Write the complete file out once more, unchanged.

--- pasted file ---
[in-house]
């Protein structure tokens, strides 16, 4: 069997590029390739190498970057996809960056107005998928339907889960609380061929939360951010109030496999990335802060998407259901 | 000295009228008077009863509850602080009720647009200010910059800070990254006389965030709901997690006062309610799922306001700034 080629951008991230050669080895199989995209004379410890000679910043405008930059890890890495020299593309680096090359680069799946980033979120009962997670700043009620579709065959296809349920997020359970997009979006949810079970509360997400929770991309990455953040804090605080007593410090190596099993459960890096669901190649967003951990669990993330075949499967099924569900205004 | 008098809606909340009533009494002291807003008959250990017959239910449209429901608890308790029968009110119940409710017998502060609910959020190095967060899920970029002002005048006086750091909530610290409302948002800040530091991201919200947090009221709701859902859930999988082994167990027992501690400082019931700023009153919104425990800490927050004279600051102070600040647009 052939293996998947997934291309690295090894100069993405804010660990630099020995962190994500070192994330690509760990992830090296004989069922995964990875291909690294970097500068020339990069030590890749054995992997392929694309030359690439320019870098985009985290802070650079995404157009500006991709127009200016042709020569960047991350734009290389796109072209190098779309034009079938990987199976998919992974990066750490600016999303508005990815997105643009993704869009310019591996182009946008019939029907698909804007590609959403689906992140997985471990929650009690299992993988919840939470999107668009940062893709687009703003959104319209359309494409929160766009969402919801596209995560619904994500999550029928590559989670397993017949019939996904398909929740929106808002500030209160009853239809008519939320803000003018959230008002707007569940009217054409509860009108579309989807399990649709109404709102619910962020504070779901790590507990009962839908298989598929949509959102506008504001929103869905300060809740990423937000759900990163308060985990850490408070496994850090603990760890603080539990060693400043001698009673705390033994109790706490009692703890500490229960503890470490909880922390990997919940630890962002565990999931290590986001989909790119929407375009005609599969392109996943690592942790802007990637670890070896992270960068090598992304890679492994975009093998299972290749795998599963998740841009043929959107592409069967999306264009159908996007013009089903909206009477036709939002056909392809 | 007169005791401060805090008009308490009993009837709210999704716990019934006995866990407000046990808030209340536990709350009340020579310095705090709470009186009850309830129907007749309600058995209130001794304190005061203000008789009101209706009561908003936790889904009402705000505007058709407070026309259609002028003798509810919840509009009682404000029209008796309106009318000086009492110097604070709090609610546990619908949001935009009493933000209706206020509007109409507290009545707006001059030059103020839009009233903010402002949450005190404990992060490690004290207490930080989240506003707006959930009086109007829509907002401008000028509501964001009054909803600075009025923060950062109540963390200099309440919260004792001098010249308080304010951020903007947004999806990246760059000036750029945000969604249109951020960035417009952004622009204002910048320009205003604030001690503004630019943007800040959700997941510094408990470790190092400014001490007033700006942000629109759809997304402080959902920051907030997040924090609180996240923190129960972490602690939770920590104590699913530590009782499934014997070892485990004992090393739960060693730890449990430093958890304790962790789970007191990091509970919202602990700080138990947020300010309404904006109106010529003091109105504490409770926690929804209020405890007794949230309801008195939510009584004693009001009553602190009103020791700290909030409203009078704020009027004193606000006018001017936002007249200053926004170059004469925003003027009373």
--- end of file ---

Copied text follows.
[in-house]
């Protein structure tokens, strides 16, 4: 069997590029390739190498970057996809960056107005998928339907889960609380061929939360951010109030496999990335802060998407259901 | 000295009228008077009863509850602080009720647009200010910059800070990254006389965030709901997690006062309610799922306001700034 080629951008991230050669080895199989995209004379410890000679910043405008930059890890890495020299593309680096090359680069799946980033979120009962997670700043009620579709065959296809349920997020359970997009979006949810079970509360997400929770991309990455953040804090605080007593410090190596099993459960890096669901190649967003951990669990993330075949499967099924569900205004 | 008098809606909340009533009494002291807003008959250990017959239910449209429901608890308790029968009110119940409710017998502060609910959020190095967060899920970029002002005048006086750091909530610290409302948002800040530091991201919200947090009221709701859902859930999988082994167990027992501690400082019931700023009153919104425990800490927050004279600051102070600040647009 052939293996998947997934291309690295090894100069993405804010660990630099020995962190994500070192994330690509760990992830090296004989069922995964990875291909690294970097500068020339990069030590890749054995992997392929694309030359690439320019870098985009985290802070650079995404157009500006991709127009200016042709020569960047991350734009290389796109072209190098779309034009079938990987199976998919992974990066750490600016999303508005990815997105643009993704869009310019591996182009946008019939029907698909804007590609959403689906992140997985471990929650009690299992993988919840939470999107668009940062893709687009703003959104319209359309494409929160766009969402919801596209995560619904994500999550029928590559989670397993017949019939996904398909929740929106808002500030209160009853239809008519939320803000003018959230008002707007569940009217054409509860009108579309989807399990649709109404709102619910962020504070779901790590507990009962839908298989598929949509959102506008504001929103869905300060809740990423937000759900990163308060985990850490408070496994850090603990760890603080539990060693400043001698009673705390033994109790706490009692703890500490229960503890470490909880922390990997919940630890962002565990999931290590986001989909790119929407375009005609599969392109996943690592942790802007990637670890070896992270960068090598992304890679492994975009093998299972290749795998599963998740841009043929959107592409069967999306264009159908996007013009089903909206009477036709939002056909392809 | 007169005791401060805090008009308490009993009837709210999704716990019934006995866990407000046990808030209340536990709350009340020579310095705090709470009186009850309830129907007749309600058995209130001794304190005061203000008789009101209706009561908003936790889904009402705000505007058709407070026309259609002028003798509810919840509009009682404000029209008796309106009318000086009492110097604070709090609610546990619908949001935009009493933000209706206020509007109409507290009545707006001059030059103020839009009233903010402002949450005190404990992060490690004290207490930080989240506003707006959930009086109007829509907002401008000028509501964001009054909803600075009025923060950062109540963390200099309440919260004792001098010249308080304010951020903007947004999806990246760059000036750029945000969604249109951020960035417009952004622009204002910048320009205003604030001690503004630019943007800040959700997941510094408990470790190092400014001490007033700006942000629109759809997304402080959902920051907030997040924090609180996240923190129960972490602690939770920590104590699913530590009782499934014997070892485990004992090393739960060693730890449990430093958890304790962790789970007191990091509970919202602990700080138990947020300010309404904006109106010529003091109105504490409770926690929804209020405890007794949230309801008195939510009584004693009001009553602190009103020791700290909030409203009078704020009027004193606000006018001017936002007249200053926004170059004469925003003027009373």